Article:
She compared this to the way Disney creates a magical experience in everything they do, because they started with an emotional theme that they then base all decisions on to create magic in every last detail. Closer to home, she talks about mapping out the experience of a software upgrade for a user — planning from the experience level helps to bridge any silos and create a seamless upgrade process for the end user.

A few of Joyce’s other observations:

  • Companies have a hard time seeing content as part of a customer experience. They see usability and design as important, but don’t consider content.
  • Starting with an experience and a theme helps us write user experiences with real heart — something largely missing from Web content today.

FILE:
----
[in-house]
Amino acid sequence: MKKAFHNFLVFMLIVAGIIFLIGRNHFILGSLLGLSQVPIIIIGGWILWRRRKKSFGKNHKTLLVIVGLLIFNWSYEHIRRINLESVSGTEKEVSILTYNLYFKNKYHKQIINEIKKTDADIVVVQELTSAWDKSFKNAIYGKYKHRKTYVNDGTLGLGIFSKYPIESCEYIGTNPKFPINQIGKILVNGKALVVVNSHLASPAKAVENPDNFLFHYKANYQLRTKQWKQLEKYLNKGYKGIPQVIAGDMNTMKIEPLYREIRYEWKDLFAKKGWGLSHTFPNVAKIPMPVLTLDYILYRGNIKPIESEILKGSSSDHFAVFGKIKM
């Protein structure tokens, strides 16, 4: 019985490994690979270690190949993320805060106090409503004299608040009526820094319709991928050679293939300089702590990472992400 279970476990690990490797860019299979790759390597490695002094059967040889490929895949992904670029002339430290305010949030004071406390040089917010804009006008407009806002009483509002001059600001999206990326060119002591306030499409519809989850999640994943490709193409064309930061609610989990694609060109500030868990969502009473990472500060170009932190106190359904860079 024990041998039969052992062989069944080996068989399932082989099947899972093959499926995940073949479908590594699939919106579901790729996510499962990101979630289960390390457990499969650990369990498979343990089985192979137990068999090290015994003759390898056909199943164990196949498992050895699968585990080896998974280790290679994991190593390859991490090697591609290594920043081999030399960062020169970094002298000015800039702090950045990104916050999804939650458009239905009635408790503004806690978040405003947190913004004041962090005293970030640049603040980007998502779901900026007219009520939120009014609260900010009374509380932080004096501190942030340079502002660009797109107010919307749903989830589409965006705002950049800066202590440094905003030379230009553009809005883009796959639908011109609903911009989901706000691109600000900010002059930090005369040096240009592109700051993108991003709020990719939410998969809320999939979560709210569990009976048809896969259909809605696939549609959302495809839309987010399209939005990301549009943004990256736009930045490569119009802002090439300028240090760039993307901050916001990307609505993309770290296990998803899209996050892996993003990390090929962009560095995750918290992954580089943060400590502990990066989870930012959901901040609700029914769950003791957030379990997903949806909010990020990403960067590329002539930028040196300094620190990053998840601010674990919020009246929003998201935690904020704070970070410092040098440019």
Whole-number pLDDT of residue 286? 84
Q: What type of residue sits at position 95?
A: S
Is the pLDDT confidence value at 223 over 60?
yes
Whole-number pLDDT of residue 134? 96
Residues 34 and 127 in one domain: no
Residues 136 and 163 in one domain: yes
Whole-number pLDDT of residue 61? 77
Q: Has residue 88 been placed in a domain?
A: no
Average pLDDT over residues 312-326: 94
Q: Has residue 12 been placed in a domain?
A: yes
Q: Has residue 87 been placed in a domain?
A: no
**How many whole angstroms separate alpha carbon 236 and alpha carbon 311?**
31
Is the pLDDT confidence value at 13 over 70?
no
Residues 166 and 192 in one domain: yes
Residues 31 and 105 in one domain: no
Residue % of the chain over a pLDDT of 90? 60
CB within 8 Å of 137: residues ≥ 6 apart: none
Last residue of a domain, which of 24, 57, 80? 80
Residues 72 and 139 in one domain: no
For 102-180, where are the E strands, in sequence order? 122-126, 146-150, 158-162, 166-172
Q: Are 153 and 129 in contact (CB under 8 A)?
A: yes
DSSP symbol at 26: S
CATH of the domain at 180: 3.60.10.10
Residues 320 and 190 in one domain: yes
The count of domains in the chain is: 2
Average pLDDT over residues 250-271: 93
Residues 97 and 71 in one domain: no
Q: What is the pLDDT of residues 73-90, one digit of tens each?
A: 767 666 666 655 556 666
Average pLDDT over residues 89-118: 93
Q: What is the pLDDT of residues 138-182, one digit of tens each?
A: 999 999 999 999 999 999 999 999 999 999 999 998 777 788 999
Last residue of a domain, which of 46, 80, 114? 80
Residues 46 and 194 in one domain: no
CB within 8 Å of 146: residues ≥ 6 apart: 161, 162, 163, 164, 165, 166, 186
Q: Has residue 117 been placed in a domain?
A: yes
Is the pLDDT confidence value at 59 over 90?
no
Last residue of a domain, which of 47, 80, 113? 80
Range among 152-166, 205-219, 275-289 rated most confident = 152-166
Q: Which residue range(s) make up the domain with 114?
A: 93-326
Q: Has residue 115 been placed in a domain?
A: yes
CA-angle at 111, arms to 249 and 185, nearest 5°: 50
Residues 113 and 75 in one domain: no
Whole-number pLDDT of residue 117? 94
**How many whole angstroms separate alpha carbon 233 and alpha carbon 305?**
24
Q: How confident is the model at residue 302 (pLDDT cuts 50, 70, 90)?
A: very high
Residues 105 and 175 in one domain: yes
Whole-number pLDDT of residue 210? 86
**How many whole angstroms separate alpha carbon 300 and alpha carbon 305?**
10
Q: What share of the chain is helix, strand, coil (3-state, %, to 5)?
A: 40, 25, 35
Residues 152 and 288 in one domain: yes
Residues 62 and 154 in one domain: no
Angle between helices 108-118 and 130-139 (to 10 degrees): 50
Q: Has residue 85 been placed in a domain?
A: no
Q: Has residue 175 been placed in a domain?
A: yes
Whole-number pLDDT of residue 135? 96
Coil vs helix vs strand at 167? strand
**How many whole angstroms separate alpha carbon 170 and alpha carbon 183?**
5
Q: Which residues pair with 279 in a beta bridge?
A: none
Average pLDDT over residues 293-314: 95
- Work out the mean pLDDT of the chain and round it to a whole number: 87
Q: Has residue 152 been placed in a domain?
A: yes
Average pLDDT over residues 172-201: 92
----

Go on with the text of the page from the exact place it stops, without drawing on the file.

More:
• A product or service is a means to an end. The value lies in the story, and that’s what we’re here to create.
  • You have to consider the backstory as well. A lot of that is happening outside the company-owned interaction points — such as in conversations happening in other places that drive perceptions about a company.
  • We have to think about memories as well as experiences. Not only do we care about what messages we are delivering, but also how people remember the messages, because that is arguably just as or more important.

There’s work to be done!

The afternoon keynote was my first time hearing Kristina Halvorson, content strategy’s superstar, speak, and it was a moving and entertaining experience — very easy to see why she has had success winning hearts and minds with her message about the importance of content strategy. Kristina admitted that, as much as she speaks to large crowds each month, she was nervous speaking to a room of content strategists. It was a momumental occasion, and time for a major call to action.